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Ready for 2016?

Potential presidential candidates’ recent burst of summertime Iowa visits belies this reality: No one has started to do the serious spadework of preparing for a 2016 White House run in this important state. Sure, it’s more than two years until Iowa is to begin the presidential selection process. But this is a state where presidential campaigning — including, early on, wooing state legislators, recruiting volunteers and identifying potential staff — is a near-constant undercurrent. And yet the biggest names in the 2016 speculation game are all but absent in Iowa, so well-known that they have the luxury of staying away
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Al Qaeda: ‘Kill more Americans’

An American al Qaeda militant has called for more attacks on Western diplomats in the Arab world, praising the killers of the U.S. ambassador to Libya on September 11 last year, a U.S.-based monitoring group said on Sunday. Western nations shut embassies across the Middle East and North Africa early this month, after a warning of a possible militant attack. Many have reopened, and Britain said its Yemen embassy would open on Sunday after being closed for 12 days. Adam Gadahn, a California-born convert to Islam with a $1 million U.S. price on his head, appealed to wealthy Muslims to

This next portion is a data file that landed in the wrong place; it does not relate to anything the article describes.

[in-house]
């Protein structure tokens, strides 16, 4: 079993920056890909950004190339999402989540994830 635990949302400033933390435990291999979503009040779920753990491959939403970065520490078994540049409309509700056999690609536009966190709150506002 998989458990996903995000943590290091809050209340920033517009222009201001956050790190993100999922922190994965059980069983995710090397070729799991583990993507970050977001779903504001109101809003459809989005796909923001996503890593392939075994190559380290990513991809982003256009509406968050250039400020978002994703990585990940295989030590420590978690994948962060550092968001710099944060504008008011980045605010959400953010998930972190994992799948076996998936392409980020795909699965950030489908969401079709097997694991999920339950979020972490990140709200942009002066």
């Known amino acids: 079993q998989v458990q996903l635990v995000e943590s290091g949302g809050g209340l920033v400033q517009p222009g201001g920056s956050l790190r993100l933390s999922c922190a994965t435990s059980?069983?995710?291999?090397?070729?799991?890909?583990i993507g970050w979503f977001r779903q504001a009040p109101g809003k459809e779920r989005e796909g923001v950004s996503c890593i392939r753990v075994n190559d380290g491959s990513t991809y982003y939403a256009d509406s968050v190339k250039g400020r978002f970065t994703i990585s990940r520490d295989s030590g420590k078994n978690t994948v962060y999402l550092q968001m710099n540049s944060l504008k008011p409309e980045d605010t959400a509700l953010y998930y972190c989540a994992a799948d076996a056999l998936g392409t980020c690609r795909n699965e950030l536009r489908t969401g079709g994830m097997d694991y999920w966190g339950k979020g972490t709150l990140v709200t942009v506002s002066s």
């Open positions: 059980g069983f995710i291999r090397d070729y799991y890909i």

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Senate races: All in the family

Sen. Mark Pryor likes to tell voters that he always puts Arkansas first, borrowing the campaign slogan associated with his family for decades. In Wyoming, Liz Cheney bets that her famous father’s name will be gold in her Senate race. And in Louisiana, Sen. Mary Landrieu counts on her kin’s New Orleans ties to help lift her to re-election in a tough race. Family does matter in the runup to next fall’s Senate elections: Candidates are wielding famous political pedigrees in a number of races that could determine whether Democrats maintain control in the 2014 elections. Famous last names mean
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Yes, Virginia, there is an Area 51

National security scholars at George Washington University have some good news and bad news for UFO buffs – the U.S. government has finally confirmed the existence of Area 51 in Nevada, but it makes no mention of little green men or alien spaceships. The government acknowledged the existence of the mysterious aviation test site known as Area 51, a remote installation about 80 miles northwest of Las Vegas, in a newly declassified CIA history of its U-2 spy plane program. After decades of extreme secrecy surrounding the site, stoking conspiracy theories about UFOs and experiments on alien spacecraft, the CIA
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NSA revelations spark concern

New revelations from leaker Edward Snowden that the National Security Agency has overstepped its authority thousands of times since 2008 are stirring renewed calls on Capitol Hill for serious changes to NSA spy programs, undermining White House hopes that President Barack Obama had quieted the controversy with his assurances of oversight. An internal audit provided by Snowden to The Washington Post shows the agency has repeatedly broken privacy rules or exceeded its legal authority every year since Congress granted it broad new powers in 2008. In one of the documents, agency personnel are instructed to remove details and substitute more
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RNC bars CNN, NBC from debates